LANDLORDS - START BUILDING TRUE PARTNERSHIPS

Looking at the current state of retail in Australia the on-going battle between landlords and tenants is not serving anyone. The current retail climate has seen retailers go belly up and large pockets of empty retail space give off a grim dystopian feeling to passers-by.

 We’re all too aware of the an alarming number of retailers who have gone bust over the last 12 months  - Top Shop, MARCS, David Lawrence, American Apparel, Payless Shoes, Pumpkin Patch, Howards Storage World, Herringbone, Rhodes & Beckett, iconic Dick Smith stores…

Plus bubbling heat from Amazon’s looming arrival has seen bricks and mortar tenants reduce their store count, and The Commonwealth Bank release research that predicts one third of all purchases at multi-channel retailers will be made online by the beginning of 2018. 

Callam Pickering, APAC economist for Indeed envisions, “… lack of wage growth and high household debt have created a difficult retail environment and that will continue to contain retail sector growth over the next few years.”

These doom and gloom reports increase stress for landlords and retailers alike, and yet the common relationship trend between landlords and retailers see party’s work against each other for their own interests. Business owners face rent as their most costly outgoing, and landlords are struggling to maximise the value of their investment as income and are hassled by the latest Retail Leases Act amendments.

As “retail leasing is fraught with conflict”, Kate Warwick from FTI Consulting says landlords need to start considering, “sustainable and relevant rental structures in an effort to attract and secure new tenants and to ensure existing tenants remain viable at their centres”.

The solution? A modernized approach that replaces tense, often toxic exchanges, with negotiated agreements that benefit both tenant and landlord.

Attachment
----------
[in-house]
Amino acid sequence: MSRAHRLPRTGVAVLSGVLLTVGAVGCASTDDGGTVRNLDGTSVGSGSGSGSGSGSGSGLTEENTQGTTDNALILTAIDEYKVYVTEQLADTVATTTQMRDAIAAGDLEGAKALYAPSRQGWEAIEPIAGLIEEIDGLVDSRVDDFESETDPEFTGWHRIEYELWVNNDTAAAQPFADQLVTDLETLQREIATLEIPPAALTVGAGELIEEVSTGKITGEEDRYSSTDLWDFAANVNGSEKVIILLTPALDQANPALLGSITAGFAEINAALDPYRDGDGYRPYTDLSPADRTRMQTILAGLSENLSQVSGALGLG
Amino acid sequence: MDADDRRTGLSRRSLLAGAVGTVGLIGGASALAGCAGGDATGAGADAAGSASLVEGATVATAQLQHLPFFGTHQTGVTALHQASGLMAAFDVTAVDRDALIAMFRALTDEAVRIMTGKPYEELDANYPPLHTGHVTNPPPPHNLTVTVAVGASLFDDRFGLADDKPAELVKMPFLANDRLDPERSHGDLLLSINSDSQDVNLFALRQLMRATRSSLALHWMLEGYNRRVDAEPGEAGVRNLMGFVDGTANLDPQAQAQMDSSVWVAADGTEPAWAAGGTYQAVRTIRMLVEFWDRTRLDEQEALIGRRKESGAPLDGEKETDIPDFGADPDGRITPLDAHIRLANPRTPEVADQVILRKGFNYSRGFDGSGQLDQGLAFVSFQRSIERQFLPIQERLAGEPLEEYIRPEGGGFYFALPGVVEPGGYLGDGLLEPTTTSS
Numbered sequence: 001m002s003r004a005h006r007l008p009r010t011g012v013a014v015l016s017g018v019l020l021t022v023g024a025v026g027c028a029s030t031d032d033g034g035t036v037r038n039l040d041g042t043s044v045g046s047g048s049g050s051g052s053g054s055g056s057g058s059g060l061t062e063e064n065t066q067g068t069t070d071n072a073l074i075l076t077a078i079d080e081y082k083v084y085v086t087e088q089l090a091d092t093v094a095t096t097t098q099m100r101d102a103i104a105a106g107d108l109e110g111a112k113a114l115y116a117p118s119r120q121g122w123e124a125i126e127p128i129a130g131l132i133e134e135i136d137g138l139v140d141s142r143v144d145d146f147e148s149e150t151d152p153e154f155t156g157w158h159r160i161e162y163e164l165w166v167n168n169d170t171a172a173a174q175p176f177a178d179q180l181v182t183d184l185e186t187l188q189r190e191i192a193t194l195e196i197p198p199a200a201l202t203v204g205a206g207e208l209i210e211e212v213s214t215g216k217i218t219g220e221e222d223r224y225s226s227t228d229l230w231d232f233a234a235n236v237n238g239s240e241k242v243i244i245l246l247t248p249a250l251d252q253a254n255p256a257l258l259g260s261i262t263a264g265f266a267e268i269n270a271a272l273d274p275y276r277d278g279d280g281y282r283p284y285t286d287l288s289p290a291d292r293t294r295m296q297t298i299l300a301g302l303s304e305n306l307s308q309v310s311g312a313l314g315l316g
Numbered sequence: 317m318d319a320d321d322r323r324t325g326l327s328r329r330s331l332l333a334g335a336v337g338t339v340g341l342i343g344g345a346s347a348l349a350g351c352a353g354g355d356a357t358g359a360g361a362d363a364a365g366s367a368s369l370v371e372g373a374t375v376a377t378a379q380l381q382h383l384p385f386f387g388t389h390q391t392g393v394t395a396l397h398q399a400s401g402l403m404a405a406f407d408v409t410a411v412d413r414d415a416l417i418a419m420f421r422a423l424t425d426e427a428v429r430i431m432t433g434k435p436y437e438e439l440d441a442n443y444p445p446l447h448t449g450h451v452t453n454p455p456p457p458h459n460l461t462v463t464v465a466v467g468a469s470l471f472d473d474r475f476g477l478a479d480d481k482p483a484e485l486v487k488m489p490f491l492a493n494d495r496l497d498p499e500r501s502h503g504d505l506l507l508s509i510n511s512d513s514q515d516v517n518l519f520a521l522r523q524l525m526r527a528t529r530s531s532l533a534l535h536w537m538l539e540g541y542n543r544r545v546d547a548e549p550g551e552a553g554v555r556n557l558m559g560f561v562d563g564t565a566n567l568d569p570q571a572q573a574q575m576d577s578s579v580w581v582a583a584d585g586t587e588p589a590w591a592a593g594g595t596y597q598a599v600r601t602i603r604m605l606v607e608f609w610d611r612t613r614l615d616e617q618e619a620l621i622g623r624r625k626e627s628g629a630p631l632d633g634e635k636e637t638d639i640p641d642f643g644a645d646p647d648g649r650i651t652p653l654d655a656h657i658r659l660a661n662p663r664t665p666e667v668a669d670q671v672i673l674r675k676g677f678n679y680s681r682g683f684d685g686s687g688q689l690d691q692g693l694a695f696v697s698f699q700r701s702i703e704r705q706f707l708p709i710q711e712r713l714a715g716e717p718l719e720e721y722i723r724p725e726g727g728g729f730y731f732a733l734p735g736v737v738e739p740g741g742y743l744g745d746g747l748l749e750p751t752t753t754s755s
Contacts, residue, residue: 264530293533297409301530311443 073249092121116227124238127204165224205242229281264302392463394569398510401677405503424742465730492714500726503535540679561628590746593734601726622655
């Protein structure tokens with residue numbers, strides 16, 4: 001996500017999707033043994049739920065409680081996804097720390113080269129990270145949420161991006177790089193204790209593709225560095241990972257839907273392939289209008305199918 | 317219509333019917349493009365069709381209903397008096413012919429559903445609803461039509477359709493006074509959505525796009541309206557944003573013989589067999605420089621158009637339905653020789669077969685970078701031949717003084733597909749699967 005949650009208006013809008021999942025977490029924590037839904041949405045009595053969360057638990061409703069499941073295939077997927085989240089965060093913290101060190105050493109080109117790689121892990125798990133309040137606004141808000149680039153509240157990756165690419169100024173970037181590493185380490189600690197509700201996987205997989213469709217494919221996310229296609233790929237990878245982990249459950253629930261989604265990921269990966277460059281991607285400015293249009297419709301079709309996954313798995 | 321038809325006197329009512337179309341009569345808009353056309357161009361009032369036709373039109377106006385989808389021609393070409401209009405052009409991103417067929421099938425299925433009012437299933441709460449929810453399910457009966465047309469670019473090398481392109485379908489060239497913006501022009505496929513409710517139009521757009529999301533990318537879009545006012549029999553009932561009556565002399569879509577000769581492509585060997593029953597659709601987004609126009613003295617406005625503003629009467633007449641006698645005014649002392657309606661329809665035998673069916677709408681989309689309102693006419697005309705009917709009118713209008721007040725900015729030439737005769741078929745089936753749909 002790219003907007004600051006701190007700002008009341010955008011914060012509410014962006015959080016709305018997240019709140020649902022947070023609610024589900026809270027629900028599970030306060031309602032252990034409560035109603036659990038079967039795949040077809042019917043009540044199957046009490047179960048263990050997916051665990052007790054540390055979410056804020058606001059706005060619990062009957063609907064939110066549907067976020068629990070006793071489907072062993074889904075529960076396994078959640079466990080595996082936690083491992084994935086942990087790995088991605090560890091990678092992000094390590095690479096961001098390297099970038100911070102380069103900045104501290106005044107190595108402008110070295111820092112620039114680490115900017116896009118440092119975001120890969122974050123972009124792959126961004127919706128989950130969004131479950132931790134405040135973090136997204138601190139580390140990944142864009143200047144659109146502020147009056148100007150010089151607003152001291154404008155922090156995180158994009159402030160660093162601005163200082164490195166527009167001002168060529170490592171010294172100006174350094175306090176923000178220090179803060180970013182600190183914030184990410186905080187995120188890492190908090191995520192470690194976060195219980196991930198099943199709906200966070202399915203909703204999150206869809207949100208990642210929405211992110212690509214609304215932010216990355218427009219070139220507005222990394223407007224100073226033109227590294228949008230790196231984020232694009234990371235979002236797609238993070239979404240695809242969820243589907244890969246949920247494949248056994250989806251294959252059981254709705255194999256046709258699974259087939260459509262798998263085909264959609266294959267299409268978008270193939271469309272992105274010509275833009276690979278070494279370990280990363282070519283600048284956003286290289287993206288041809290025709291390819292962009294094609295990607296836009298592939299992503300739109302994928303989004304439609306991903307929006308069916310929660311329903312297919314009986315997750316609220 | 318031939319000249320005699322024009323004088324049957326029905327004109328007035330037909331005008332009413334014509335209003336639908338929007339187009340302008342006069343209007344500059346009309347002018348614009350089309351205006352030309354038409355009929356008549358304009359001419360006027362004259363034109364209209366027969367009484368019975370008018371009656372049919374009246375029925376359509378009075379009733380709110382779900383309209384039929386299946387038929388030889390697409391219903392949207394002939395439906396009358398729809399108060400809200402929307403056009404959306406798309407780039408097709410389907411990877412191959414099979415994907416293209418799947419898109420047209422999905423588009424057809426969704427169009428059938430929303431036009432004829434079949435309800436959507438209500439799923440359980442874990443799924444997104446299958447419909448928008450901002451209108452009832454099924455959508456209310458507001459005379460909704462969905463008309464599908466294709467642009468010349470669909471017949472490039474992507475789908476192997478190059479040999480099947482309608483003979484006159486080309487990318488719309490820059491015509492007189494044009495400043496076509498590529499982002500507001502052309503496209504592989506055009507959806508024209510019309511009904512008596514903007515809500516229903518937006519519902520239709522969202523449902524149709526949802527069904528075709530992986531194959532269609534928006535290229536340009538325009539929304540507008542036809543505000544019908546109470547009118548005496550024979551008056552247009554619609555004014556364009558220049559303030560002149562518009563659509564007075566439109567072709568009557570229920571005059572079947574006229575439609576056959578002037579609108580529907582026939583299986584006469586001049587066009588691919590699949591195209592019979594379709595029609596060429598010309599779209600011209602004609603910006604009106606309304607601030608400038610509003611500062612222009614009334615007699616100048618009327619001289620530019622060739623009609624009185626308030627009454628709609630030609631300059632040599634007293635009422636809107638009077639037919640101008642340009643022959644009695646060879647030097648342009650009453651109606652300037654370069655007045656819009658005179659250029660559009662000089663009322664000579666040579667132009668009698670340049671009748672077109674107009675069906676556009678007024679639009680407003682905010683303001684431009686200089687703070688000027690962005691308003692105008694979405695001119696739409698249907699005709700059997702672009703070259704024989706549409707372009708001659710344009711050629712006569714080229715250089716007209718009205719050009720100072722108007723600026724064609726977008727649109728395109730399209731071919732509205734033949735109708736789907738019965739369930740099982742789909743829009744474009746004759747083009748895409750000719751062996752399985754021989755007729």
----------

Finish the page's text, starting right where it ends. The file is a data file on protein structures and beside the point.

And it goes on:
It’s not a utopian hipster pitch - it’s actually just clever business.

By reducing the number of battlefields, we clear the path for both party’s to achieve longer-term profit goals and avoid messy and costly exiting negotiations.

OUR SUGGESTED APPROACH FOR LANDLORDS CAN BE SUMMED UP USING 3 SIMPLE TOOLS:

1. IMPROVE RELATIONSHIPS AND COMMUNICATIONS WITH YOUR RETAILERS

Improved lines of communication can mitigate angst between landlords and tenants. Build a partnership model rather than fostering traditional and unprofitable overlord and tenant relationships. WARNING: Don’t just talk about building a relationships, let’s actually build a true partnership. We’re going to coin the term “Partner in Profit”.

2. HAVE A CLEAR FINANCIAL PICTURE AND FORECAST OF YOUR RETAILERS MARGINS

Once you have improved relationships and communication with your retailer/s, use this as an opportunity to grow sales together. What retail consultant programs do you offer your retailer/s? Setup a consultant program to include confidentiality agreements allowing trust and the sharing of information. Transparency can lead to opportunities like expanding retailer businesses, or controlled exit assistance if a tenant’s financial position is dire. NOTE: No trust with retailers means this will never work.

3. LOOK AT DIFFERENT WAYS TO STRUCTURE LEASE DEALS

 Consider percentage rent agreements rather than heavy base rents. Work with retailers on strategies and cost-effective measures to improve and secure longer-term occupancy and retail success. Consider lower rental costs in the short-term at the start of a lease agreement. This can both ease financial pressure on the retailer, and has great potential to prevent landlords from a high turnover of retailers and further financial insecurity.

Yes, it is very well-known Landlords make all their billions of dollars leveraging from property valuations, heavily tied to their long-term leasing spreads. But let’s wait and see what happens over the next 2-3 years when Landlords don’t take the initiative to go one step back to ultimately take 2 steps forward.

There are some brilliant Retail Landlords out there, but far too many think they’re better than they are. https://www.youtube.com/deadmallsmedia